When you’re in a relationship, how much togetherness is too much?
Of course there isn’t one right answer. Some people believe that being in a relationship means being together constantly, while others find spending the night together to be smothering.
So the issue is really how you negotiate with your partner around what might be an important difference of opinion.
If you frequently try to wheedle your significant other into spending more time with you than he or she would like, the outcome is unlikely to be happy.
And of course, if you are on the receiving end of “togetherness pressure” and say “no,” you’re going to have to deal with the fallout of letting your partner down.
What’s the solution?
Central to my work in couples therapy is to help each partner be generous and strong.
Generous means listening to your partner’s requests and being willing to meet them. The exception to this? You don’t say “yes” when it is important for you to say “no.” Not out of resentment, spite, or anger; but because it’s important to you to make a different choice than your partner requests.
Strong means keeping calm when you’re upset, and being able to tolerate disappointment without being retaliatory. And it means being able to hold your ground when it’s important to you to do so, despite pressure from your partner to do otherwise.
To illustrate, read the recent letter to my Washington Blade advice column, along with my reply (below).
And if you and your partner need assistance finding a way to resolve important differences, give me a call or email me. I’ll be glad to help you.
My girlfriend is driving me nuts with her insistence that we do practically everything together.
We met eight months ago and at first things were great. Kate is funny and sexy and seemed really independent, which I like. But after we agreed to be exclusive (mutual decision) a few months back, she started pushing me to join her for more and more things: dinner with her friends, brunches, movies she wants to see, trips out of town to visit old college classmates.
I’m not interested in everything she loves. I don’t like spending all of my free time with her and her friends. I don’t even like some of her friends!
Although I’m not a loner, sometimes I just want to be by myself. And more than anything, I don’t like feeling I’ve got a leash around my neck for Kate to pull me in whatever direction she wants. It’s choking me.
If I bring this up to her, she says we’re a couple and should be doing things together. If I push, she gets a hurt face like I’m rejecting her and then I give in. But then I’m not happy, to put it mildly.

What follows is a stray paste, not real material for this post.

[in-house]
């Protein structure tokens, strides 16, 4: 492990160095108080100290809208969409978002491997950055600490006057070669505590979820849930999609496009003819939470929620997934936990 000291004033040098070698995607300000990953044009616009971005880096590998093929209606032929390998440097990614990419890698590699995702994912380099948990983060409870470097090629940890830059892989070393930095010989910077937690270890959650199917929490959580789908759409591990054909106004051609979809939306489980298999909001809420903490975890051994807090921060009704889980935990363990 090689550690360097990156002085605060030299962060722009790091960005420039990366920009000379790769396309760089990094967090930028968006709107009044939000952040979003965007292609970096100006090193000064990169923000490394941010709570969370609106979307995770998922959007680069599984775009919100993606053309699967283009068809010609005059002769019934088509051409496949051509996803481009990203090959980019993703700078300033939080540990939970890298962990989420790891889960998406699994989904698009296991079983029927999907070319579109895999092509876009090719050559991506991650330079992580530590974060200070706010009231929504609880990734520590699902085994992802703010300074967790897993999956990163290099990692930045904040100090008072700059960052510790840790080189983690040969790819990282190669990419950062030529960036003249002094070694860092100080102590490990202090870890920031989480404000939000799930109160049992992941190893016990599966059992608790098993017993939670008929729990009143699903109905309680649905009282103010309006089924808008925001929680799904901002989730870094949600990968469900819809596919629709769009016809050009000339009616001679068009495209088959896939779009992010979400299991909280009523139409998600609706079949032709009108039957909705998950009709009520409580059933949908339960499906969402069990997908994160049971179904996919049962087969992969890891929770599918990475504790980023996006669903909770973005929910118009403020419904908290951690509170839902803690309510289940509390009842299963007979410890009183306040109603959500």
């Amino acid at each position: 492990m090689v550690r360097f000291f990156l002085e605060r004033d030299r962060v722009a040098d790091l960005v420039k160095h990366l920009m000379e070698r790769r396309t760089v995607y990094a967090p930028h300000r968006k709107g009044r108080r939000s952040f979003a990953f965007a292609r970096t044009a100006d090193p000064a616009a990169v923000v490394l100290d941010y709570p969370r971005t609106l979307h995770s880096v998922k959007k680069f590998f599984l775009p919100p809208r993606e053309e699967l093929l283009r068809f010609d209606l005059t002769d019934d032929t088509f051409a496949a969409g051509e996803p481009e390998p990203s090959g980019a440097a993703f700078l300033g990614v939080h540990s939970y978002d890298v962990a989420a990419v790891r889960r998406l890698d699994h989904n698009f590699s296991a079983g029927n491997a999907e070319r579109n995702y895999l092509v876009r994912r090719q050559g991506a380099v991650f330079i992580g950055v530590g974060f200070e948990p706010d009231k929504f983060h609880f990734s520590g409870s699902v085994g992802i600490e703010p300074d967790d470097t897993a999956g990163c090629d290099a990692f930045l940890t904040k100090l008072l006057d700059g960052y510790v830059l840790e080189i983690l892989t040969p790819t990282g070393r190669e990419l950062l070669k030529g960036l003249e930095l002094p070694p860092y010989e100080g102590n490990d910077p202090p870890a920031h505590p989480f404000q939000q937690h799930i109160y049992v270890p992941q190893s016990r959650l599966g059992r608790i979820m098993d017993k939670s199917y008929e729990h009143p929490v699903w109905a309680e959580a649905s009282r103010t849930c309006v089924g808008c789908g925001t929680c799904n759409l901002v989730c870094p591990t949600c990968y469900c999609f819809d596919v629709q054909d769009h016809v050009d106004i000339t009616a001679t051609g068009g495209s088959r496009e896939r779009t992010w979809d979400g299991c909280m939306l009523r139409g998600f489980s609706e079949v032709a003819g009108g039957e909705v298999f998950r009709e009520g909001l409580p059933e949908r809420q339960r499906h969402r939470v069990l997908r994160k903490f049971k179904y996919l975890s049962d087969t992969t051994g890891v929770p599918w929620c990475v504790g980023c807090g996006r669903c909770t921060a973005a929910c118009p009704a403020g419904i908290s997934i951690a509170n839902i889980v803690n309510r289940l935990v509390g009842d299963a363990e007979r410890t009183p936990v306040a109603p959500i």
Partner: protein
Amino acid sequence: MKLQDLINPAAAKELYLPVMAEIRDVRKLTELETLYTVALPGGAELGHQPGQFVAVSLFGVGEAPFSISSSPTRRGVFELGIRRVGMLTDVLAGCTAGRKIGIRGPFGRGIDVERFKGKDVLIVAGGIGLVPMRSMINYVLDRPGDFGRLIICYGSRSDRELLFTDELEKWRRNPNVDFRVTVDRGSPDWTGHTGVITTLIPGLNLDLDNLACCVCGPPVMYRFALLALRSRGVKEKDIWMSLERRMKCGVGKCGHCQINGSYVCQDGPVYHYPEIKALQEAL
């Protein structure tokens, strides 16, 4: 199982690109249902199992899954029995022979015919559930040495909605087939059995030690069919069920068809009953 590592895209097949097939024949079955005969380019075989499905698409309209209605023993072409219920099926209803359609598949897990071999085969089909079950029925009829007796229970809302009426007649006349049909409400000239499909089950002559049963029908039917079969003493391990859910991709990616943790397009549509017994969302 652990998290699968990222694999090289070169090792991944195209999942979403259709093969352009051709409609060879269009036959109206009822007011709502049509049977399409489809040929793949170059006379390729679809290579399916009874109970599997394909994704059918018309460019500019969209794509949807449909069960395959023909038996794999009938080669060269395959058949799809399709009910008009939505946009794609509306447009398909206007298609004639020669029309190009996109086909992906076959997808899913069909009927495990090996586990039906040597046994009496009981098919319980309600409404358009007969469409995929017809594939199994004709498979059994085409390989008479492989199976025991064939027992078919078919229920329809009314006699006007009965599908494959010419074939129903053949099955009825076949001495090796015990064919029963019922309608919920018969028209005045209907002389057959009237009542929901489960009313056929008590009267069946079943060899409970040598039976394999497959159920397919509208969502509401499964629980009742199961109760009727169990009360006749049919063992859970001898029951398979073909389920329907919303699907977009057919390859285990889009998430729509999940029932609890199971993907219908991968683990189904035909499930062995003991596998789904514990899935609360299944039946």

Agh! Am I crazy to want my own space sometimes? Or does this mean I’m not relationship material?
You’re not crazy. Wearing a choke collar is a horrible way to be in a relationship. But you let Kate put it on and it’s your job to take it off.
Yes, you will disappoint her by saying “no,” but that’s life. None of us gets everything we want. Kate doesn’t get to have a partner who always says “yes.” You don’t get to have a partner who will make it easy for you to say “no.”
It’s understandable that Kate would have her expectations: our culture tells us that “two should become one.” While that might sound romantic, it’s impossible. Two people always have different likes, dislikes and viewpoints.
Here’s an important PSA for everyone reading this blog post: You’re going to have a much better shot at a happy relationship if you accept that your partner is a separate individual. Wallowing in disappointment isn’t going to make anything better. Guilting your partner into doing what you want is a bad move unless you’re seeking resentment and a sour relationship. Focus instead on enjoying what you actually do together.
Even if Kate keeps pressuring you to go along with her, you don’t have to cave to her sad looks. Why not view these situations as opportunities to develop into a strong person who can survive disappointing her girlfriend?
I’m not saying that you should always say “no” to Kate. I am saying that you should start to pay attention to how you react whenever you’re faced with the question of whether you would rather disappoint your girlfriend or be resentful and miserable.
Right now, you’re automatically choosing the latter. I propose you get off autopilot and start wrestling with yourself a bit more before answering. If you start honoring your own wishes when they are important to you, even if doing so is scary, I’m certain that you’ll enjoy yourself more when you do spend time with Kate. I also expect that you’ll get better at establishing boundaries. I even think it’s possible that Kate will get better at tolerating your independence.
My hunch is that you have a major people-pleasing groove in your brain. If so, learning to keep calm when Kate gets ticked off will bring the huge benefit of helping you stop twisting yourself into a pretzel to please everyone in your life.
It’s time to start figuring out why it is so important for you not to disappoint others. That will make it easier for you to start saying “no” when you really want to. Good luck and keep in mind that the more steady and resilient you are, the better a relationship you will have.